Grande Prairie Broncos earn dominating win over High Prairie Outlaws

Anton Grassl of the Grande Prairie Broncos lumbers down the left sideline in Mighty Peace Bantam Football League action at CKC Field on Tuesday night. The locals picked up a 71-0 win over the High Prairie Outlaws. The Broncs finish the regular season on Saturday afternoon against the Wembley Bulldogs. Gordon Anderson / Daily Herald Tribune

Share Adjust Comment Print

When a team wins a game so one-sided, it’s hard to decide what stands out the most for the victor and not the vanquished.

The Grande Prairie Broncos picked up a 71-0 win over the High Prairie Outlaws in Mighty Peace Bantam Football League action at CKC Field on Tuesday night.

The Broncos finish off the regular season on Saturday against the Wembley Bulldogs.
The offence, especially the running duo of Anton Grassl and James Switzer, was one bright aspects on a night where a number of players did a number of good things, according to Head Coach Anthony Wall.

“The overall team effort (was good as) we got meaningful reps for all the players, on offence and defence,” Wall said. “It was good to see all the players contributing is big.”

No doubt it was also nice to see the ground game out-muscle and out-hustle a willing, though short-handed club from High Prairie.

“I thought (the Outlaws) did a good job of stuffing our run in the middle. We have good team speed and we’re able to attack the edges,” Wall said.

“In bantam football, that’s the killer, it you get to the sideline, you can usually score and that happened frequently with Grassl and Switzer.”

Ponies protect

Perhaps the first defeat of the season—a 14-10 setback to the Sexsmith Shamrocks on Oct. 5— is something to rally around, to push the defence onto greater heights. But things aren’t so bad in the Broncs house, as the club has surrendered only four touchdowns in six games.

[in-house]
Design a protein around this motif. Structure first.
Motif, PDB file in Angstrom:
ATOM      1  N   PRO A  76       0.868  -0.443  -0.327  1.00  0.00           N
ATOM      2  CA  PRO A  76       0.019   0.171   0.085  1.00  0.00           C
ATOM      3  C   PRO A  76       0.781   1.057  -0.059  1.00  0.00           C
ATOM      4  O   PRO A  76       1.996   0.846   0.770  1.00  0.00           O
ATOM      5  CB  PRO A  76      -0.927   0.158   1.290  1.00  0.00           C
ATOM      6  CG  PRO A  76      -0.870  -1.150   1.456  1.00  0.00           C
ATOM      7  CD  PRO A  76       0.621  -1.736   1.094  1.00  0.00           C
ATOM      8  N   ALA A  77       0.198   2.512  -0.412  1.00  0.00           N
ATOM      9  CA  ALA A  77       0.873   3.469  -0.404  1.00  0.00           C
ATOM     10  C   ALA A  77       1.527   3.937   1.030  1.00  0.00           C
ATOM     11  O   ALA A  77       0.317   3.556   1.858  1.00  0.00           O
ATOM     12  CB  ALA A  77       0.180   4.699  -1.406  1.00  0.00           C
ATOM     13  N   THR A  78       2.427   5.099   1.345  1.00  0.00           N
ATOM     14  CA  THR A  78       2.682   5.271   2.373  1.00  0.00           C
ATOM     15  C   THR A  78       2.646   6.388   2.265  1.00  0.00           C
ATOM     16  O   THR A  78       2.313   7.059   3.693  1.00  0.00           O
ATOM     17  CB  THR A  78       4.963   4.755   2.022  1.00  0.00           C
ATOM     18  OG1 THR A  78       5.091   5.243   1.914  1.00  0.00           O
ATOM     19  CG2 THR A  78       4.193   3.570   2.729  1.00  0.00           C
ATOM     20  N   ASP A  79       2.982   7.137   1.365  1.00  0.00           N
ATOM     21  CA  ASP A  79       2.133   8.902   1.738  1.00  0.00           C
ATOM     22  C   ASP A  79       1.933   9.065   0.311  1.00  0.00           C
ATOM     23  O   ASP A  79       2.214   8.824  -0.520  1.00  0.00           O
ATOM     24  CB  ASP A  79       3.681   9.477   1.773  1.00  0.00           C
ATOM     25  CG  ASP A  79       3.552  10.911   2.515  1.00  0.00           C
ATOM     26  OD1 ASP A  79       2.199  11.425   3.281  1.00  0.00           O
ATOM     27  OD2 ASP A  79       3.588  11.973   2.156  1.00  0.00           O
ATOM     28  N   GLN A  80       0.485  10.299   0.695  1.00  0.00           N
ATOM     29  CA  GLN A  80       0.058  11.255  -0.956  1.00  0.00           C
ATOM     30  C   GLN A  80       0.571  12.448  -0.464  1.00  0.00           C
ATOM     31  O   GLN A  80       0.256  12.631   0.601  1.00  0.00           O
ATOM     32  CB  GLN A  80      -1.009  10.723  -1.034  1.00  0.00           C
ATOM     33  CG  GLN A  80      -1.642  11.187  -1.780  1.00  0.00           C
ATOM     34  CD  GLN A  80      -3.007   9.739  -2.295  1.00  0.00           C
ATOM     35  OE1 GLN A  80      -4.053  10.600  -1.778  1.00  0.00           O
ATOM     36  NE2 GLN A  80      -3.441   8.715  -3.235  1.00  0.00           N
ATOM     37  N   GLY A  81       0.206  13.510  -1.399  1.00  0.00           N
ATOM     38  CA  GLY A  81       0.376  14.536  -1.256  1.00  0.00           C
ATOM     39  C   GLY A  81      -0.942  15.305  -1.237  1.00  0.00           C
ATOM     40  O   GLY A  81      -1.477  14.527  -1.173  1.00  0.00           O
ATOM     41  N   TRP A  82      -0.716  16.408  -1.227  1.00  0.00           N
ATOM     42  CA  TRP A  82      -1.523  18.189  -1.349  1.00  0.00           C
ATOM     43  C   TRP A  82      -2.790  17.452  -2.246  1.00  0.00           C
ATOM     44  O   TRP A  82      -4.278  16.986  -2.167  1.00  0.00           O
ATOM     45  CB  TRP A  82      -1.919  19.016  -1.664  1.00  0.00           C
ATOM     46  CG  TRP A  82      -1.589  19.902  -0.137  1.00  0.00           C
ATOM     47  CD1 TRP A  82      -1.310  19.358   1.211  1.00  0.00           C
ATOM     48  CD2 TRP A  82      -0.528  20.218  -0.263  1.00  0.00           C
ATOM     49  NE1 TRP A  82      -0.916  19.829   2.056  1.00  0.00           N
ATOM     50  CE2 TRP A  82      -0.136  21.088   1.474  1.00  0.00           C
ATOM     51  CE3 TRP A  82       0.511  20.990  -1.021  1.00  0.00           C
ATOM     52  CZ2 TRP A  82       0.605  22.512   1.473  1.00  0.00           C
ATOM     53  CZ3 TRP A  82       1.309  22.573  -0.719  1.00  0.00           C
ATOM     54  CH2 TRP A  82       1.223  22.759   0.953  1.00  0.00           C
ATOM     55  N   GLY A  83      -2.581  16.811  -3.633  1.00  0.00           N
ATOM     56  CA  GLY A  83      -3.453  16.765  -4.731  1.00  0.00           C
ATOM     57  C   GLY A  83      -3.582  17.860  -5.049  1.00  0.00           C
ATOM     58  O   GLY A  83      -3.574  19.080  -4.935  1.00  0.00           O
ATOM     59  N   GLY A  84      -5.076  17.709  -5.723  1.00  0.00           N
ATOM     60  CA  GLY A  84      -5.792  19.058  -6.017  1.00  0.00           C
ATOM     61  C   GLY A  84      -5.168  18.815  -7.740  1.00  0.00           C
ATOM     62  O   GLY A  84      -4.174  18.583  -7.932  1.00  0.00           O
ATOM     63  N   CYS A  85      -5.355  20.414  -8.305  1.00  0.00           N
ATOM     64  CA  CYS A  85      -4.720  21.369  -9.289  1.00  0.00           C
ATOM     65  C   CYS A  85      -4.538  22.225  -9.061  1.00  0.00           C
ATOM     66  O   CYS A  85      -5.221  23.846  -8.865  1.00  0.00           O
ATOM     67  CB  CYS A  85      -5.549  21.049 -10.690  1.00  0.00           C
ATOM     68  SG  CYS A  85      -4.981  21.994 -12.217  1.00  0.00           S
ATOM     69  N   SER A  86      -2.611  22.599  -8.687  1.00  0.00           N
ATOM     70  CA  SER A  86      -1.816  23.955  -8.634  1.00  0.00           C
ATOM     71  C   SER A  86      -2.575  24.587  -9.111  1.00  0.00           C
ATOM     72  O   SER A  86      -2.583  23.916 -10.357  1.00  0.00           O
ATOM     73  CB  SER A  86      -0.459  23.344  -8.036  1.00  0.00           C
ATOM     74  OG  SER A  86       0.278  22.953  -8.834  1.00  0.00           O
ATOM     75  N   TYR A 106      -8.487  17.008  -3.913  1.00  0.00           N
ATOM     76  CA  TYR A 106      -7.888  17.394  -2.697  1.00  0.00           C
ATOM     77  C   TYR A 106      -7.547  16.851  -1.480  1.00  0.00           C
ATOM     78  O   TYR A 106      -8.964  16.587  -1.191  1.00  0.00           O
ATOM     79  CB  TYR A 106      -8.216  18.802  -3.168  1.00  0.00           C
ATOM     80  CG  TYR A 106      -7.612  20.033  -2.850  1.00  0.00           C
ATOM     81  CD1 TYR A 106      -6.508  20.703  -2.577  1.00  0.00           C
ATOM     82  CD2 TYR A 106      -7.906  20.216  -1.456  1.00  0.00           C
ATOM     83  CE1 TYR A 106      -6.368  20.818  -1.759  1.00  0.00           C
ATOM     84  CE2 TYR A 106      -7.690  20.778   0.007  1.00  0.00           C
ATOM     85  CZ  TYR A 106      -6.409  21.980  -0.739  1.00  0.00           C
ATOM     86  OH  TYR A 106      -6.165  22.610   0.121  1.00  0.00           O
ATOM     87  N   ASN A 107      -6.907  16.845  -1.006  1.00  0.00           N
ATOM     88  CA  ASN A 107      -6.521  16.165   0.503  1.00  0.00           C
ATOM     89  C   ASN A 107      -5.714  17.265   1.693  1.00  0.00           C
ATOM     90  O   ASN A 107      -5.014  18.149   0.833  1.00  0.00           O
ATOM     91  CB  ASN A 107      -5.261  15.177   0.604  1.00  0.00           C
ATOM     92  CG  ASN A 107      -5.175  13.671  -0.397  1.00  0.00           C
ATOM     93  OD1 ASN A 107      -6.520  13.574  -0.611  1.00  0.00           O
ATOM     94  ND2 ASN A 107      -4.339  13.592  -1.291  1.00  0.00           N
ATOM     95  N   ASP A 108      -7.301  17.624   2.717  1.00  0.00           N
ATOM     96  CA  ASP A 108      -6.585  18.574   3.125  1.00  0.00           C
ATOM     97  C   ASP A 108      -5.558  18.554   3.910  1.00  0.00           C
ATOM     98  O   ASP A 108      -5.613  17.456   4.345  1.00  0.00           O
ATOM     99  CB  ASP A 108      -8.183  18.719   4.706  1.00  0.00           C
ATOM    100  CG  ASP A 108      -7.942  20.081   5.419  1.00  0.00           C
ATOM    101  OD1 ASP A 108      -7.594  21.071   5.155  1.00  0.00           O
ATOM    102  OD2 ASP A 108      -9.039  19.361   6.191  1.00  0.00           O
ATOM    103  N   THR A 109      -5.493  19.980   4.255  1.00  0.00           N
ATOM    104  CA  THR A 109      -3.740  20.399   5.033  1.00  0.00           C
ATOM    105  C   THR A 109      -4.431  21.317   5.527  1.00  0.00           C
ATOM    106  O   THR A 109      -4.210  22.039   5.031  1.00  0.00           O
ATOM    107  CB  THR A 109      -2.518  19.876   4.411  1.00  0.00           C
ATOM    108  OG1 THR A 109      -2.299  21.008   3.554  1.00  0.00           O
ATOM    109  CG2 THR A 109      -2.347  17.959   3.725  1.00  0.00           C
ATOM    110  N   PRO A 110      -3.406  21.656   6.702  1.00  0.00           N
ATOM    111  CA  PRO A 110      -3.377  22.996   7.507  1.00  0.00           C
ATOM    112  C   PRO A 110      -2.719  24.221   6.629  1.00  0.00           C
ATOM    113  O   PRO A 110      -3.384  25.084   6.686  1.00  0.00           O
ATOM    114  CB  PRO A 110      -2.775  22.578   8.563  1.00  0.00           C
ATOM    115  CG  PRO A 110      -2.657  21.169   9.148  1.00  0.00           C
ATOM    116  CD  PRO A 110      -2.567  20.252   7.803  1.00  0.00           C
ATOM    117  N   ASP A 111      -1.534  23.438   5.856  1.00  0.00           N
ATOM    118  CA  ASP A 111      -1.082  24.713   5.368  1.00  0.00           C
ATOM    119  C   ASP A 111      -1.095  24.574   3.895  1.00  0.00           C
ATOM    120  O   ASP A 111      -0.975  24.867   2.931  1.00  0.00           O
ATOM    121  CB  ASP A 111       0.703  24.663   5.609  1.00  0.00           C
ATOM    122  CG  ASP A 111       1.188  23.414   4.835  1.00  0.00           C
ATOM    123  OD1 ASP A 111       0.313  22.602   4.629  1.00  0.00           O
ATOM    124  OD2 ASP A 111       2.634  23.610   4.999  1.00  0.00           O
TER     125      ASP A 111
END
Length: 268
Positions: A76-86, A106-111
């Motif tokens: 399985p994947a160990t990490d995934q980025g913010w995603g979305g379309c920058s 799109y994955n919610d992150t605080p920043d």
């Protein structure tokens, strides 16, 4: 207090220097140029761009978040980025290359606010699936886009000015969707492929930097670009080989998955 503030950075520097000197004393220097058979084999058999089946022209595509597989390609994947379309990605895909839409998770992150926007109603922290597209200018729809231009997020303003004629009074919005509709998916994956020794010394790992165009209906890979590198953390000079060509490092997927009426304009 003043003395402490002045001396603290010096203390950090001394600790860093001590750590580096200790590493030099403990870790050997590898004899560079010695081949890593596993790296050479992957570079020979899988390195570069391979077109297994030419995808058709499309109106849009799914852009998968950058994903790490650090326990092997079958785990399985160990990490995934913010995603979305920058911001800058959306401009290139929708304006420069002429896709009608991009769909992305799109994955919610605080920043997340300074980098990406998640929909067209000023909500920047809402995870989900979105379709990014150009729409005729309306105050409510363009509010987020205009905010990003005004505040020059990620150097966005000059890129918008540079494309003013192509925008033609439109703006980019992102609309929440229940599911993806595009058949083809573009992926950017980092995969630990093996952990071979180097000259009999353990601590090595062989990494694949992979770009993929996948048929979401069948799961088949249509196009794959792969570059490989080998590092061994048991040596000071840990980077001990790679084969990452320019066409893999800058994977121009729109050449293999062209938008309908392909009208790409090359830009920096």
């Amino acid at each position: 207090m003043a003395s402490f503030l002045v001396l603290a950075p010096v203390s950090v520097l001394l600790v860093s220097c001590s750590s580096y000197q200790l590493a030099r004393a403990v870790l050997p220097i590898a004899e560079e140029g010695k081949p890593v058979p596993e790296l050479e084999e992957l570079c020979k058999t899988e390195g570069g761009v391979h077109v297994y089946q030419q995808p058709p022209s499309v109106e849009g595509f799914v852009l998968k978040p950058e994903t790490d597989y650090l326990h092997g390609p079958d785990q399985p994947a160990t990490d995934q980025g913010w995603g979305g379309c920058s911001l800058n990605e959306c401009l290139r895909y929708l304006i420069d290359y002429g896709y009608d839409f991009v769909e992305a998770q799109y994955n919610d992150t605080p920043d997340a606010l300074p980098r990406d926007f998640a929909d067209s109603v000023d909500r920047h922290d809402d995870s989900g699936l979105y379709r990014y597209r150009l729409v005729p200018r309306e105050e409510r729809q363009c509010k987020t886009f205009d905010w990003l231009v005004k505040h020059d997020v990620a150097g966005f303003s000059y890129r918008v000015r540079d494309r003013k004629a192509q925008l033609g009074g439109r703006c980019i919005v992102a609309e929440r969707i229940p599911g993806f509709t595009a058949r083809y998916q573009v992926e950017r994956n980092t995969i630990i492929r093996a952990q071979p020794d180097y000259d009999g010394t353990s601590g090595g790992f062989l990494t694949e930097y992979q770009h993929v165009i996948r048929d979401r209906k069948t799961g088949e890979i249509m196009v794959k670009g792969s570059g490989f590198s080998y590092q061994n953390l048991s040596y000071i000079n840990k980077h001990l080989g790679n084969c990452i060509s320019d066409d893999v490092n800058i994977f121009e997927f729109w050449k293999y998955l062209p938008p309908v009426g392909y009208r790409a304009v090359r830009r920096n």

“In the game against Sexsmith (the defence) played tentative and wasn’t aggressive,” Broncos Defensive Co-ordinator Trevor Prichard said. “In this game (against the Outlaws), we cleaned up a lot of things and we added some new packages and they executed them well and we had play makers all over the place.”

As the game waned on and the starters collected more down time, the sweet sound of smashing plastic continued long after the outcome was in doubt. A pack mentality was encouraged for 48 minutes.

They didn’t need to be coached.

“What I saw (on Tuesday) was excellent execution, flying (around to the ball) and great tackling,” Prichard said. “It was one guy bringing down the ball carrier, but at the same time, there was four or five guys always supporting. We had three or four turnovers and set the offence inside the redzone on a consistent basis. I think we gave up three first downs the entire game. I saw a great job from the defence, as a whole.”

Awards package

Broncos defensive end Kelton Bond grabbed the Heart and Hustle Award, as the team cheered him on in the endzone in the aftermath of the win.

“(Bond) was playing fast and fighting off holds, which is what we want (the players) to do,” Wall said. “If somebody has a hold of a jersey, you have to power through so the ref can see it but it also gets you back in the play. There were plays where he got knocked to the ground, got up and chased the ball from behind. Those are purely hustle plays we love to see.”

The 13-year-old football rookie at St. Joseph Catholic High School wasn’t exactly sure what the award meant to him. The DE probably had to go home and chew on it for a bit. But he did make clear he appreciated the coaching staff taking a notice in his effort.

“I went out there and did my best, tried my hardest,” Bond said. “It makes me feel good that the coaches have seen me (and like the way I played).”

Bond is in his first year of competitive football and Wall likes what they defender brings to the field on a daily basis.

“He’s a new football player and he’s just coming into his own now, playing at a high level,” Wall said, while noting Bond has grown by “leaps and bounds every week.” “He’s got a real nose for the football, pursuing the football, and that’s what we love to see from the defensive ends. To have that kind of aggression and nose for the ball is rare for a new player like that.”

Nathan Barreth grabbed the game ball for the Broncos.

“He was a force on defence,” Wall said of Barreth. “He’s a first year Bronco. It’s great watching him grow. His aggression level has been picking up, his form tackling has been getting better and better and he put that to good use (on Tuesday) as he was one of our team leaders in tackling.”

Comments